Parallel plate capacitor

  • Thread starter carlyn medona
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  • #1
carlyn medona

Homework Statement


Each plate in the figure has area a and separation d , end of battery is e find charge supplied by battery

Homework Equations




The Attempt at a Solution

. each facing plate will have half the charge supplied by battery, but I am confused how the potential is applied[/B]
 

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  • #2
haruspex
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each facing plate
Do you mean the two connected to the battery? If so...
will have half the charge supplied by battery
... but they are connected to opposite poles.

For the two plates not connected to the battery, what is the relationship between their charges, and what is the relationship between their potentials?
 
  • #3
carlyn medona
I mean magnitude of charge on each facing plate, won't that be q÷2 and, the plates connected together are at same poyential
 
  • #5
carlyn medona
Q is charge supplied by battery
 
  • #7
rude man
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You have 3 capacitors in series. Draw a schematic diagram, simplify if possible, then solve as a circuit problem.
 
  • #8
carlyn medona
Is potential difference across the series connection equal to the emf of the battery?
 
  • #10
haruspex
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@carlyn medona , you did not answer my question. You say q is "the charge supplied by the battery", which is fine, but seem to think that means it supplies q/2 to a plate on each terminal, which is definitely not fine. That would mean the battery itself acquires a net charge of -q, which is nonsense.
The terminals are oppositely in sign, so what does a battery "supplying a charge of q" mean?
 
  • #11
carlyn medona
Okay, I thought this is how charge gets distributed, please correct me if I am wrong
 

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  • #12
rude man
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Okay, I thought this is how charge gets distributed, please correct me if I am wrong
Your first tipoff that something is wrong is as follows: put a test charge inside the leftmost plate (4). The E field in that plate (E4) is of course zero. Now look at the contributions to E4 from all 8 sides of charge.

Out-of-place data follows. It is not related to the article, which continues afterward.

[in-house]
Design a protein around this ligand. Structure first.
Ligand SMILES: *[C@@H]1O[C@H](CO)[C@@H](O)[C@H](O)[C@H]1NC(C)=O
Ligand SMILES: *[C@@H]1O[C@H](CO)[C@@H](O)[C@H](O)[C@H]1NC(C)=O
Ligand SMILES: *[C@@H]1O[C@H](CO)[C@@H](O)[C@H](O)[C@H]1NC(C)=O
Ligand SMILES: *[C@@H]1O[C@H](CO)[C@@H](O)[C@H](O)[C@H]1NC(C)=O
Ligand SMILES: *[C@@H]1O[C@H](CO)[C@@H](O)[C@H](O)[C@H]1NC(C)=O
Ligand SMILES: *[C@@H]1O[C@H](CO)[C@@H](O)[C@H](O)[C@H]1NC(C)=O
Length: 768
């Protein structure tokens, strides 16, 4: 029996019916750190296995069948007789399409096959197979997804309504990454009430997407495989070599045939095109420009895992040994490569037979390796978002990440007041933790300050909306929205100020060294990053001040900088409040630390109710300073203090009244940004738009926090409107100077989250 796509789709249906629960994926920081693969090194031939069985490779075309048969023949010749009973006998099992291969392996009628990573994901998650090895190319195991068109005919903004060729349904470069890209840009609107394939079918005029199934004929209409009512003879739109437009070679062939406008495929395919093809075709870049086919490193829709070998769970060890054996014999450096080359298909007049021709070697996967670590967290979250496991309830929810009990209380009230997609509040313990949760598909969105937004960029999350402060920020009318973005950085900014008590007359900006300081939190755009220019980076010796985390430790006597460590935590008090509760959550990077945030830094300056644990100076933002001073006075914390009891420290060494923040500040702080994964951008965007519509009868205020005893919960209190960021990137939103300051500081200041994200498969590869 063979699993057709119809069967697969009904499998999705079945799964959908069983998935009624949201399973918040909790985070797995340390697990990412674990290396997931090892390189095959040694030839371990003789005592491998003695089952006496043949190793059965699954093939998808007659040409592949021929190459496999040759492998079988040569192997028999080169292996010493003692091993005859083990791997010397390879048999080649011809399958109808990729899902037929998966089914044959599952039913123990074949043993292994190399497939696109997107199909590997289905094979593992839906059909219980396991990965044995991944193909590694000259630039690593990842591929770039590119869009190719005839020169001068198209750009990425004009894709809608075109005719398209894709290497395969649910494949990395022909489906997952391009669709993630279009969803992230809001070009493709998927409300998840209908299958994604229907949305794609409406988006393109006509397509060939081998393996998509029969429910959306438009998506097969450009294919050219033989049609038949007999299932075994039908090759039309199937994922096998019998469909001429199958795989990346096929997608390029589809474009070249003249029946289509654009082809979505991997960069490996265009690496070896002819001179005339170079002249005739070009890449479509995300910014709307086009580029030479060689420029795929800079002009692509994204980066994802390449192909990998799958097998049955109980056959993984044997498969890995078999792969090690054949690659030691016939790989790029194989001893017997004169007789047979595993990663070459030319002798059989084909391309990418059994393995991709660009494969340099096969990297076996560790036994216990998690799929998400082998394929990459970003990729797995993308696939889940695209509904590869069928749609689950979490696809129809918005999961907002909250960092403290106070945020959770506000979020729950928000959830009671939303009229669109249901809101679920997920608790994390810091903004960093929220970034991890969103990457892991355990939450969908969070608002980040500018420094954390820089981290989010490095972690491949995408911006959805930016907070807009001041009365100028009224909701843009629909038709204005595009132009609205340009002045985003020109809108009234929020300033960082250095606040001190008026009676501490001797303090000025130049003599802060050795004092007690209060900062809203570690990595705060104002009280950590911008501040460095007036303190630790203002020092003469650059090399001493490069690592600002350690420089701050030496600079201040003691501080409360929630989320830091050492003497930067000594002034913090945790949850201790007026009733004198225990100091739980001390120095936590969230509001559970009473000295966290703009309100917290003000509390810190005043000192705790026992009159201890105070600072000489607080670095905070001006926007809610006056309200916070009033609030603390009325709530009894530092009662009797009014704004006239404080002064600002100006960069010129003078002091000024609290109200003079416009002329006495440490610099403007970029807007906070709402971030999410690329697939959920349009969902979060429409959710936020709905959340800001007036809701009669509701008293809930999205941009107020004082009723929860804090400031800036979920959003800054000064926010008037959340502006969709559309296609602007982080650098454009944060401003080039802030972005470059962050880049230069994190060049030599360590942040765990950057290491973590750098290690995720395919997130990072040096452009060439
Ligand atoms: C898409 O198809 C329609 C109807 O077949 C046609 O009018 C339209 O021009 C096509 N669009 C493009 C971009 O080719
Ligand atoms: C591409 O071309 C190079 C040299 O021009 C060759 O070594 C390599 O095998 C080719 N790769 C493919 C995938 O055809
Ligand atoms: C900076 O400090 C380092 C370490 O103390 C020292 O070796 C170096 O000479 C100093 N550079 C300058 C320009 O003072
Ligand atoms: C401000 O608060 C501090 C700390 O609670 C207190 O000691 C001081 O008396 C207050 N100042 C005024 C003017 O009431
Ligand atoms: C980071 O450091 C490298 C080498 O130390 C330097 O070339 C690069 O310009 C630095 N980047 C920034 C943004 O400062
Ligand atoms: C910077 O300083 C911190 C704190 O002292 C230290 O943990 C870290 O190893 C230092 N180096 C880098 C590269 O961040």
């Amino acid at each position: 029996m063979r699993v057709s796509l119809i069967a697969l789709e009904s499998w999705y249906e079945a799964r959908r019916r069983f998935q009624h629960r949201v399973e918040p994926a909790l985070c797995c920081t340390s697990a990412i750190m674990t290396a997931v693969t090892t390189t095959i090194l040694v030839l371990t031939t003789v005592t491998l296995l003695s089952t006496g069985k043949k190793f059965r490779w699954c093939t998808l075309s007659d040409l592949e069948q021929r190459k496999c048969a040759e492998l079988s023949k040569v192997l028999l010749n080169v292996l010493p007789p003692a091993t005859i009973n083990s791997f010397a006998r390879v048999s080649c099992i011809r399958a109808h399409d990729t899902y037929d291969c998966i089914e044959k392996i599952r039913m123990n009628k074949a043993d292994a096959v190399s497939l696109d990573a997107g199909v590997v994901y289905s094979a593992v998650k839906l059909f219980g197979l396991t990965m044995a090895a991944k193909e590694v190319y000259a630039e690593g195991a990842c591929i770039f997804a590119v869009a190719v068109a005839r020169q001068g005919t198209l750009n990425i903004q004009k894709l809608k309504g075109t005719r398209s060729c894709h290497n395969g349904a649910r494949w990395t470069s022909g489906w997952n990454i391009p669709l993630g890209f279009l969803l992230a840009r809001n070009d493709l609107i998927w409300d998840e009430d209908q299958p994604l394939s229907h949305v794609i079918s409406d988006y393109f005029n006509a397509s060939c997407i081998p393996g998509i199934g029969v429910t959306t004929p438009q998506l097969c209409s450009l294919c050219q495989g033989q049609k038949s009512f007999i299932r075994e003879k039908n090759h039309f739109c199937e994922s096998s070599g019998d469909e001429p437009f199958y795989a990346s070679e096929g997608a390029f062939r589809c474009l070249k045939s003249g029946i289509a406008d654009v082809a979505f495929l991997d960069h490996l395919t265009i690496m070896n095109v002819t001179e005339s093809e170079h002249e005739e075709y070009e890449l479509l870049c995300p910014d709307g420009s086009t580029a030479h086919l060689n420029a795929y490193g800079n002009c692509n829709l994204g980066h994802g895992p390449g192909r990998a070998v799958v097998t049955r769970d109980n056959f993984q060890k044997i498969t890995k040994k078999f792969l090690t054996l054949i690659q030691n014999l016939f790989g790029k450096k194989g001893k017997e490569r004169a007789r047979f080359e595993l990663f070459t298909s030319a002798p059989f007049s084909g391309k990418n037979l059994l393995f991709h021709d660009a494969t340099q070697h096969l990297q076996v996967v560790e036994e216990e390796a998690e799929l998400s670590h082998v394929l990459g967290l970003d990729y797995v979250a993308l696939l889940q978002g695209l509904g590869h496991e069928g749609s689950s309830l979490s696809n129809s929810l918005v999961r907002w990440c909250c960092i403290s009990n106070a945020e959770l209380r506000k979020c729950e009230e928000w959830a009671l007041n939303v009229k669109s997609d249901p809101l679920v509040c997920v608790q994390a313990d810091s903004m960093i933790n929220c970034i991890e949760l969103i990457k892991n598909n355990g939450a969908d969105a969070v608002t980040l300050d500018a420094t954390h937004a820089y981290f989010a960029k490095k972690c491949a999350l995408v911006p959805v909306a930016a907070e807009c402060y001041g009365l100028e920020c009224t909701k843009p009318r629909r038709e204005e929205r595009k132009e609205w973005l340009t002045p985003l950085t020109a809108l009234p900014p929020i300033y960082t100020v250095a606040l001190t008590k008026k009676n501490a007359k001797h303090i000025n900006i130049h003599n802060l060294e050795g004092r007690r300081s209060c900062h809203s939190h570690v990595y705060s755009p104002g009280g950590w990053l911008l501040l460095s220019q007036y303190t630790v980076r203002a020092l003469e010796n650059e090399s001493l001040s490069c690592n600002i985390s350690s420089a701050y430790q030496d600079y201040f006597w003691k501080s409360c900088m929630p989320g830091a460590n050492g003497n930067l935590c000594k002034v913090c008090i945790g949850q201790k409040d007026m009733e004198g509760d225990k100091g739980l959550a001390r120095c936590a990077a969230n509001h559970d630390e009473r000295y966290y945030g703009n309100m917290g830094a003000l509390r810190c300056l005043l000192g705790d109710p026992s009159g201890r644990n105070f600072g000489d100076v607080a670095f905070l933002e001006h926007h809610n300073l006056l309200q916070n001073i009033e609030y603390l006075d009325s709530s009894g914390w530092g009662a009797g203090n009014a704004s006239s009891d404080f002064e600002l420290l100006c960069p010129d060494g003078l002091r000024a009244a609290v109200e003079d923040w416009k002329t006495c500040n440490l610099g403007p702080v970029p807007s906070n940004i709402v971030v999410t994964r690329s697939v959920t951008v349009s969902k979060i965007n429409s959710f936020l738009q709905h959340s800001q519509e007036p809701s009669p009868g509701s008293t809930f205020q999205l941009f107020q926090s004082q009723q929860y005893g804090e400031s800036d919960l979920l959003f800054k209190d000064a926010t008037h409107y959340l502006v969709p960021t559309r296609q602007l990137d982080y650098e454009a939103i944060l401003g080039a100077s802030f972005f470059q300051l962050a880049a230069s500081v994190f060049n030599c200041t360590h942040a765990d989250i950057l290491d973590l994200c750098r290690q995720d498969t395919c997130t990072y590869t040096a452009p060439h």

From side 8 (left side of leftmost plate) you get some E field, if non-zero, pointing, say, to the left (- charges on side 8). Now, sides 7 thru 2 cancel out any contribution to E4 since those are pairs of equal and opposite charge. That leaves side 1 to contribute to E4. But surface charge density on side 1 must be equal to that of side 8 in order to get a zero E4 field, yet you have those sides as being of opposite polarity, so something is wrong.

You'll have to show your work for further help. You do have equal and opposite charges on all inside adjoining surfaces, and you have Q2+Q4=0, and Q1+Q2+Q3+Q4=0, so that 's good. But somewhere you made a slipup (assuming I'm right to begin with :biggrin:).
 
  • #13
haruspex
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Okay, I thought this is how charge gets distributed, please correct me if I am wrong
At last I know what you mean by "q/2 to each facing plate". You meant q/2 to each face of one plate (and -q/2 to each face of the other plate). A pity you did not try to explain that before.

I suggest you start by ignoring the other two plates and consider how charge would be distributed across the faces of the two connected to the battery. Would you still put magnitude |q/2| on each face? Then insert the other two plates and consider how charge would rearrange itself on those. Of course, that might lead to rearrangement of charge on the first two, but it should give you a better understanding of how things should look.
 
  • #14
carlyn medona
I got electric field inside each plate to be zero, but not sure about charge distribution
 

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  • #15
rude man
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I got electric field inside each plate to be zero, but not sure about charge distribution
This is incomplete and hard to read.
Show your work.

BTW if you haven't covered capacitance yet you can derive all 8 charge densities by the two equations in Q1-Q4 I posted in #12, plus σ = D plus V = - d⋅E.

(σ = Q/area, D = εE).
 
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  • #16
haruspex
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I got electric field inside each plate to be zero, but not sure about charge distribution
The other thing to check is whether the two plates connected to each other are at the same potential. If so,that must be the solution.
 
  • #17
rude man
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The other thing to check is whether the two plates connected to each other are at the same potential. If so,that must be the solution.
That's true, but consider: you have 6 unknowns (the 5 non-redundant side charge densities plus the potential of the connected two plates). So you need 6 independent equations to solve for everything. Try to use the hints I gave you last time to come up with these equations.
 

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